Dual-cavity spectrometer for monitoring broadband light extinction by atmospheric aerosols

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Department of Physics


Atmospheric Aerosols affect Earth’s climate directly by scattering and absorbing solar radiation. In order to study the optical properties of aerosols, we developed a broadband cavity-enhanced spectrometer that uses a supercontinuum laser source and a compact spectrometer, to measure simultaneously the extinction coefficient of aerosols over a broad wavelength region from 420 to 540 nm. The system employs a dual cavity approach with a reference and a sample cavity, accounting for changes in gases background and for laser spectral and intensity fluctuations. We tested the system with aerosolized salt particles and polystyrene latex spheres. We performed calculations using Mie theory and found good agreement with the measured extinction. We also found that the extinction coefficient of non-absorbing aerosol favorably compares with the scattering coefficient measured by a nephelometer. Finally, we generated soot particles and found an extinction Ångström exponent in good agreement with values reported in the literature. Wavelength dependent detection limits (1σ) for the instrument at 5 nm wavelength resolution and for an integration time of ∼10 min were found to be in the range ∼5 Mm−1 to 13 Mm−1. The broadband dual-cavity extinction spectrometer is simple and robust and might be particularly useful for laboratory measurements of the extinction coefficient of brown carbon aerosol. The laboratory tests suggest that the prototype is promising for future developments of a field-deployable instrument. Copyright © 2020 American Association for Aerosol Research.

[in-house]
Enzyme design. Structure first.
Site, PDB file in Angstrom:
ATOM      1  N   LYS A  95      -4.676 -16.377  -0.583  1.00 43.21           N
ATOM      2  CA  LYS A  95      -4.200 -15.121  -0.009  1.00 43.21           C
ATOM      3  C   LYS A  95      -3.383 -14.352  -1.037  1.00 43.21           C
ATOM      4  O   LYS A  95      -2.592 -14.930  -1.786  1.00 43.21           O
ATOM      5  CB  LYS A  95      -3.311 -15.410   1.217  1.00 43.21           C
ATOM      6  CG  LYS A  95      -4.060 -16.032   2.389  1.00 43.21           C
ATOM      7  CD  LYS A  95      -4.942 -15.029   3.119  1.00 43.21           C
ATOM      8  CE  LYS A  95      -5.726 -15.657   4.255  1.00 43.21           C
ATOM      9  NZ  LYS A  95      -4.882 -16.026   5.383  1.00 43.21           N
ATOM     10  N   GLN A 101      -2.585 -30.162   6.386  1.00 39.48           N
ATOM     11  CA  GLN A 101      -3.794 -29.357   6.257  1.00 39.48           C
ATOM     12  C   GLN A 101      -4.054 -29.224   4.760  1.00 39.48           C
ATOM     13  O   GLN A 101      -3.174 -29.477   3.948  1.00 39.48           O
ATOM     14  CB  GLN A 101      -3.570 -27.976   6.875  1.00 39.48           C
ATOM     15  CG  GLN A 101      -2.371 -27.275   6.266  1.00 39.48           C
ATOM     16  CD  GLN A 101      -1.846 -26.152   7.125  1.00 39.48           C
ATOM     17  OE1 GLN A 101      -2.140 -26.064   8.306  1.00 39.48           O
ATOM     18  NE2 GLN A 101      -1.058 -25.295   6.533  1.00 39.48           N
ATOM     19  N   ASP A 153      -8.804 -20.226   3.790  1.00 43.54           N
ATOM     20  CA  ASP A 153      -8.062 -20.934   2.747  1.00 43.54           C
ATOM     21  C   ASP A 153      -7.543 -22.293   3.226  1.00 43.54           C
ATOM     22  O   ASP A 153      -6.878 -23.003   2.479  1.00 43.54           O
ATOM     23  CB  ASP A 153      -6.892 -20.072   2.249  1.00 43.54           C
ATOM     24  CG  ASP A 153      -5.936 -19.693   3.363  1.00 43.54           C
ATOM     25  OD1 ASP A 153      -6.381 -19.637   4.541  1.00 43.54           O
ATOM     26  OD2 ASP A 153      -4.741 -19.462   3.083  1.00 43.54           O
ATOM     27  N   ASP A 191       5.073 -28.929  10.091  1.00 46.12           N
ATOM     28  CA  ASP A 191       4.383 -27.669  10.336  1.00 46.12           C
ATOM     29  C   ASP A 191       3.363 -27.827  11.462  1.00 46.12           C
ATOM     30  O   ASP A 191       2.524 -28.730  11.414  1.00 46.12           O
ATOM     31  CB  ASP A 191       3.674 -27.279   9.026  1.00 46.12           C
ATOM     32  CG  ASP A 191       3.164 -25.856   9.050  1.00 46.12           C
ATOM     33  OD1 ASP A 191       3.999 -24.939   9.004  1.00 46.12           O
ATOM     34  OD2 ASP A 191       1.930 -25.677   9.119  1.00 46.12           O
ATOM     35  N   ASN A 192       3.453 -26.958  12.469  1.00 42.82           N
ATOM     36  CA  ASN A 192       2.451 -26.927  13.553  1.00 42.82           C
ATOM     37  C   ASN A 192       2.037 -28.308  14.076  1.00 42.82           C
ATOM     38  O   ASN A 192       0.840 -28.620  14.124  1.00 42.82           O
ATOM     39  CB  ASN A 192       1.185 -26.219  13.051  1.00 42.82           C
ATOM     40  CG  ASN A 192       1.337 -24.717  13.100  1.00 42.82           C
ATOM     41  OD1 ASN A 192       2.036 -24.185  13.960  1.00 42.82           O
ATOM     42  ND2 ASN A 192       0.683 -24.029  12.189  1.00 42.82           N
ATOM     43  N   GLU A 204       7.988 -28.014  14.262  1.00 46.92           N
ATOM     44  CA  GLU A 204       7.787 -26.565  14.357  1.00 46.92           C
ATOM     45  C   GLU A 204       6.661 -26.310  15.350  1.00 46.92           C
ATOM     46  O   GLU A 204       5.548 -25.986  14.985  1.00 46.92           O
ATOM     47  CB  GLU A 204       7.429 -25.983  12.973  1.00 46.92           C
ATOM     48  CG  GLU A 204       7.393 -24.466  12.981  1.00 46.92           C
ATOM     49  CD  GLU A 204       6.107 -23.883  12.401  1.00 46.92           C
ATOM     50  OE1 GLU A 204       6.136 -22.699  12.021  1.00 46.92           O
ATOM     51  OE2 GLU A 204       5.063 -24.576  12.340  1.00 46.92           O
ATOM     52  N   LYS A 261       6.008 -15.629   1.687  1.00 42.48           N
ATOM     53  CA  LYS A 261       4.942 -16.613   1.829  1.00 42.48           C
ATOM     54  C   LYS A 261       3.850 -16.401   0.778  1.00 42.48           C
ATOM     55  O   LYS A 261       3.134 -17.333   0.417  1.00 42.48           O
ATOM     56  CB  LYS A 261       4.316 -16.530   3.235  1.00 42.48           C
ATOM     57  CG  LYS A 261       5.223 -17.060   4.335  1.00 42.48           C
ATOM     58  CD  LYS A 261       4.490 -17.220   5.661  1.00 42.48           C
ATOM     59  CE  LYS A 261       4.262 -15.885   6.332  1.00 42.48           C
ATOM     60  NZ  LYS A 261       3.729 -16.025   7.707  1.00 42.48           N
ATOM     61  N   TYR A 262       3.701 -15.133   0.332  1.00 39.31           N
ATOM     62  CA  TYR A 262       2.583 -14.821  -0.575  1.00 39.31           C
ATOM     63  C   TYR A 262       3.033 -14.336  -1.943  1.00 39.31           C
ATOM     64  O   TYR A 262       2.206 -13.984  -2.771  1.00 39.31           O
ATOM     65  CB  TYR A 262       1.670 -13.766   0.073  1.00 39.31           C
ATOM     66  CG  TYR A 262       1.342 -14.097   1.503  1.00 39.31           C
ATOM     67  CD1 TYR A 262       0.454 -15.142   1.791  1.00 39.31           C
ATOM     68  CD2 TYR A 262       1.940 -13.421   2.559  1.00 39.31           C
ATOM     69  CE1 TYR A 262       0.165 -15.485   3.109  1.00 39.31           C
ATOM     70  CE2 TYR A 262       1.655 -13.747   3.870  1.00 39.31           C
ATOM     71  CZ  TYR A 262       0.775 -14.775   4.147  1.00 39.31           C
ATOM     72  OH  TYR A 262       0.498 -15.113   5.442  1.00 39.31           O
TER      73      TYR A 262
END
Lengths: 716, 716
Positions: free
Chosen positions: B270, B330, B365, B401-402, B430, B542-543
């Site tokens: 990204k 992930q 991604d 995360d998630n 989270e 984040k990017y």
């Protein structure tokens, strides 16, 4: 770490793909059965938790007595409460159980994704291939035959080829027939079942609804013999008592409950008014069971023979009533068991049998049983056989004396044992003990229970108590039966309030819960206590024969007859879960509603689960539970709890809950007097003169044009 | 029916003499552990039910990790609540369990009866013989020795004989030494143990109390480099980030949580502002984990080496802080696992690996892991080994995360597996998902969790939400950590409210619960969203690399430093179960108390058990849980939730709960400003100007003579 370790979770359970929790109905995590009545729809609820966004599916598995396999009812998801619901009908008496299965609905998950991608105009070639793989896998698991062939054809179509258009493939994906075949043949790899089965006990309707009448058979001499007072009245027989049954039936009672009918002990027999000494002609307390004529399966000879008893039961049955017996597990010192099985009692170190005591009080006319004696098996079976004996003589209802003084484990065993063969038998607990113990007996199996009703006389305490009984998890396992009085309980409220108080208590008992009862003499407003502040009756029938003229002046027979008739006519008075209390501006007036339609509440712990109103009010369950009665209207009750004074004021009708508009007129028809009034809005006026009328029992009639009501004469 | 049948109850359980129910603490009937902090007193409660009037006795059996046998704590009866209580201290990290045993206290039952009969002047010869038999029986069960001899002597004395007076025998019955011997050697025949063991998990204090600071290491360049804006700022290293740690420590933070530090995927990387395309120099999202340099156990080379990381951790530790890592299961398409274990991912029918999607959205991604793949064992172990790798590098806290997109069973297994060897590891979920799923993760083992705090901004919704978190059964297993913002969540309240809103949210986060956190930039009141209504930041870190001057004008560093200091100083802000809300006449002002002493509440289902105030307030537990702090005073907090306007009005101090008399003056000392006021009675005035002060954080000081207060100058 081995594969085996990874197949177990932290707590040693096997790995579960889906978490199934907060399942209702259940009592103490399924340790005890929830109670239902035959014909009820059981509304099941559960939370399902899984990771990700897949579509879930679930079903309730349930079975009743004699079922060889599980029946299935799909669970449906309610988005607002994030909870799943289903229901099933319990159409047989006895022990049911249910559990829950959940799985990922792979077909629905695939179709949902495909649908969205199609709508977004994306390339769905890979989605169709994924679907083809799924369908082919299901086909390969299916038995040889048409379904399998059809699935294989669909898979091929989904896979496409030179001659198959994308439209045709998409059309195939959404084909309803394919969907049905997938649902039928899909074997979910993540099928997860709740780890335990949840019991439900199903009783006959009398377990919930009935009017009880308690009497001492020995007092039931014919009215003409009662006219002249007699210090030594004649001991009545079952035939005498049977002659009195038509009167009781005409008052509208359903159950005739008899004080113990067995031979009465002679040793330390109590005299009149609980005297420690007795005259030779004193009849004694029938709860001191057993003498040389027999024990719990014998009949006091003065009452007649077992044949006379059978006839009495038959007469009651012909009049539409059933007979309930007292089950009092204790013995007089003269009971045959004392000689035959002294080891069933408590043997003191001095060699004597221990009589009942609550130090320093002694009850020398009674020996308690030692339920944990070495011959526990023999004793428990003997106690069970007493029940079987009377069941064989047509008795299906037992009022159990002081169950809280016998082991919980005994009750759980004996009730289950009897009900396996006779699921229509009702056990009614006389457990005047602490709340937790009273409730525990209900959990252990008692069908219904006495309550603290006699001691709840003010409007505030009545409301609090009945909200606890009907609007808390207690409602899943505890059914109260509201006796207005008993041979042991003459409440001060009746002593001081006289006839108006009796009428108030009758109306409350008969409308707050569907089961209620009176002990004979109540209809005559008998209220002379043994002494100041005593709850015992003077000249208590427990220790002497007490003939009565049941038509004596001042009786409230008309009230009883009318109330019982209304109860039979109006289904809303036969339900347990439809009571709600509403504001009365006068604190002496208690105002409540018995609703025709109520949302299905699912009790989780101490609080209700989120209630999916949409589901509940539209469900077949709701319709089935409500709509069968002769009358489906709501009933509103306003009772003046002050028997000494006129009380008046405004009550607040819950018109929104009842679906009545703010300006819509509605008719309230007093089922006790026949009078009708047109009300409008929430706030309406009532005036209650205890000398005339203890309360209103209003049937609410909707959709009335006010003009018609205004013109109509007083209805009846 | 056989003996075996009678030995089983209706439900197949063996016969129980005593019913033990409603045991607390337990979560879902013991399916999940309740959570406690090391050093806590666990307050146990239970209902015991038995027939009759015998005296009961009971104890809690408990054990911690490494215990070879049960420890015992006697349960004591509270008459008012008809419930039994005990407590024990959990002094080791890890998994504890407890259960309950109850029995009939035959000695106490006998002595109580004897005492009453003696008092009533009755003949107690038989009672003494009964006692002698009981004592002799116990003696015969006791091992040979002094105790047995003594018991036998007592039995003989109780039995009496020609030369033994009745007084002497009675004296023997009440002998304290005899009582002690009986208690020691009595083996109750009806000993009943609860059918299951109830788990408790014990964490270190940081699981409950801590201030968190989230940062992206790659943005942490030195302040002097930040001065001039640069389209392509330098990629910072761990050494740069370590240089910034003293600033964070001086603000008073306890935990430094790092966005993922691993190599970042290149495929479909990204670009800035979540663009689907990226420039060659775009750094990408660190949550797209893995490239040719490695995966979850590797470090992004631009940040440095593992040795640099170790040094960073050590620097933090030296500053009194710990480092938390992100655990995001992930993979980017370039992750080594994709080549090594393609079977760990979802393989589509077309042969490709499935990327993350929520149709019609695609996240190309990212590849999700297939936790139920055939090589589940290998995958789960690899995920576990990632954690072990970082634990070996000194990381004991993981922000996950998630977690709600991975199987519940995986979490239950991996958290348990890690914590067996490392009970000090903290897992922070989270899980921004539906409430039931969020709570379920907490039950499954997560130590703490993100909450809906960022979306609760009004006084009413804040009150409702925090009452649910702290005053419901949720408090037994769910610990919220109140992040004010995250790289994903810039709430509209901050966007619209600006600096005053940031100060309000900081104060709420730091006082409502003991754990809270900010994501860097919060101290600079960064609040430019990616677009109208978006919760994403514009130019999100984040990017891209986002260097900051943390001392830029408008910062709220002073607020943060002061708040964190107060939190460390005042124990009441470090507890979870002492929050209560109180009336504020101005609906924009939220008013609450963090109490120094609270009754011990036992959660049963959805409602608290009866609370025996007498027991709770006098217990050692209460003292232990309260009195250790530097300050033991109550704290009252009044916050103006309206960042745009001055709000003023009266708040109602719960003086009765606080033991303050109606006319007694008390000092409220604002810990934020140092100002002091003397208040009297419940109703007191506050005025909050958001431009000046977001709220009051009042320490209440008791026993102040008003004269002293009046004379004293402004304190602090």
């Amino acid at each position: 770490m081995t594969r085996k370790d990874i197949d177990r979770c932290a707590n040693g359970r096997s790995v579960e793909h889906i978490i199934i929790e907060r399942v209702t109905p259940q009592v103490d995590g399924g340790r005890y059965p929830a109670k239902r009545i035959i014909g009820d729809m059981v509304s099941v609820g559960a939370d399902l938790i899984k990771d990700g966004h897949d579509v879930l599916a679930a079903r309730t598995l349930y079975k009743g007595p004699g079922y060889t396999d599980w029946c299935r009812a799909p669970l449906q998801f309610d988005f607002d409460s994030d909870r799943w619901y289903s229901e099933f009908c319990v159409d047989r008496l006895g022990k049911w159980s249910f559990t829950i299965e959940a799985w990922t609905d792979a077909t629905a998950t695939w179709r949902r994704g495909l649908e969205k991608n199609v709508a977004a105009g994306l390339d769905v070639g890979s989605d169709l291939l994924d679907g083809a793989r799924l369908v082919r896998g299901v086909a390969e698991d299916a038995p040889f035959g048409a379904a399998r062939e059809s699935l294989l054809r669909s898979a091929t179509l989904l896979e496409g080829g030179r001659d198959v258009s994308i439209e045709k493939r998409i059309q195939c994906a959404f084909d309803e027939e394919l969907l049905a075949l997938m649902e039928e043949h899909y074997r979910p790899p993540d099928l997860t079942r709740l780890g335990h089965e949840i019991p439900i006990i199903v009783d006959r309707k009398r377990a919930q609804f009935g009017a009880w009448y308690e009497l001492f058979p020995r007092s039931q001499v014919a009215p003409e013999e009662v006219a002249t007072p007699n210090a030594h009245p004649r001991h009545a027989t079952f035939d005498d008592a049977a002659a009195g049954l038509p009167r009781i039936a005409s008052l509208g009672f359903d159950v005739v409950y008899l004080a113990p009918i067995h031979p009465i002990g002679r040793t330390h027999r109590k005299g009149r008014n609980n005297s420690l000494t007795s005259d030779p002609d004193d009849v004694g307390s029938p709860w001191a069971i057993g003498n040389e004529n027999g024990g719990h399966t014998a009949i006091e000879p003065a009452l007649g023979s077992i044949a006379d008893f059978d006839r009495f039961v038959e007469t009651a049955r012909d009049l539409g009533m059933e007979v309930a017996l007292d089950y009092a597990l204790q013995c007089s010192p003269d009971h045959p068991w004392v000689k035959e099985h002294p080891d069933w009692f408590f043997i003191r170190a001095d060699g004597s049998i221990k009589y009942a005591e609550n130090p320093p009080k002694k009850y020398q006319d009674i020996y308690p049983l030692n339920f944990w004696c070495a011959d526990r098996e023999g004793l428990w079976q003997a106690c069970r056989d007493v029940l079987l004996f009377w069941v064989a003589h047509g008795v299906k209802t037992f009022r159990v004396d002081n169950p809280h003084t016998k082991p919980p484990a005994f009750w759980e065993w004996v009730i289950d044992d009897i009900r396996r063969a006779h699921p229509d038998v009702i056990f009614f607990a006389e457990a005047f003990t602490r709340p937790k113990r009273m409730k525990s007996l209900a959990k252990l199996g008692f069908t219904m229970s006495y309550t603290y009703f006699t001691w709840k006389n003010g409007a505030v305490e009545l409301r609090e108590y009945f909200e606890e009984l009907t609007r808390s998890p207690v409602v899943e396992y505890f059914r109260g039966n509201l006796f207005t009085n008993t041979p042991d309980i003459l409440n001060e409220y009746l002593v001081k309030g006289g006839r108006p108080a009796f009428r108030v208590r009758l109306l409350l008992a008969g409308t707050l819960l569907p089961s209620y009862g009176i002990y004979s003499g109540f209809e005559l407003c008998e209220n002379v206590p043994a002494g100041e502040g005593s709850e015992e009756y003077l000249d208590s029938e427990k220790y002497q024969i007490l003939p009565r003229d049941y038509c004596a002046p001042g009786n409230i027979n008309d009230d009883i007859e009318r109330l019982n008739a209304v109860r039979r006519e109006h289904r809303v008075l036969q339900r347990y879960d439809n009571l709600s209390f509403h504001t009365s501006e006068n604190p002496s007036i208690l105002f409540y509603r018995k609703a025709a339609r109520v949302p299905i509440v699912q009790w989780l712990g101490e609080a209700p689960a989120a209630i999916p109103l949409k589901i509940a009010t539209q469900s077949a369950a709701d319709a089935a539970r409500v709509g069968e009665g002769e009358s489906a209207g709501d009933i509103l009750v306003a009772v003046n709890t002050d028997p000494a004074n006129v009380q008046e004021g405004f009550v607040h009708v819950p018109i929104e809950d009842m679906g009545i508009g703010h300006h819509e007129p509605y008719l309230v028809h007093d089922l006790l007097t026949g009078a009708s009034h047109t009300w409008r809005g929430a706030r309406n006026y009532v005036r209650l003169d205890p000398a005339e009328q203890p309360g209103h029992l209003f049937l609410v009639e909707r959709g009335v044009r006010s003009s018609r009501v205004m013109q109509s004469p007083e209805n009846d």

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© 2020 American Association for Aerosol Research. Publisher’s version of record: https://doi.org/10.1080/02786826.2020.1763249

Publication Title

Aerosol Science and Technology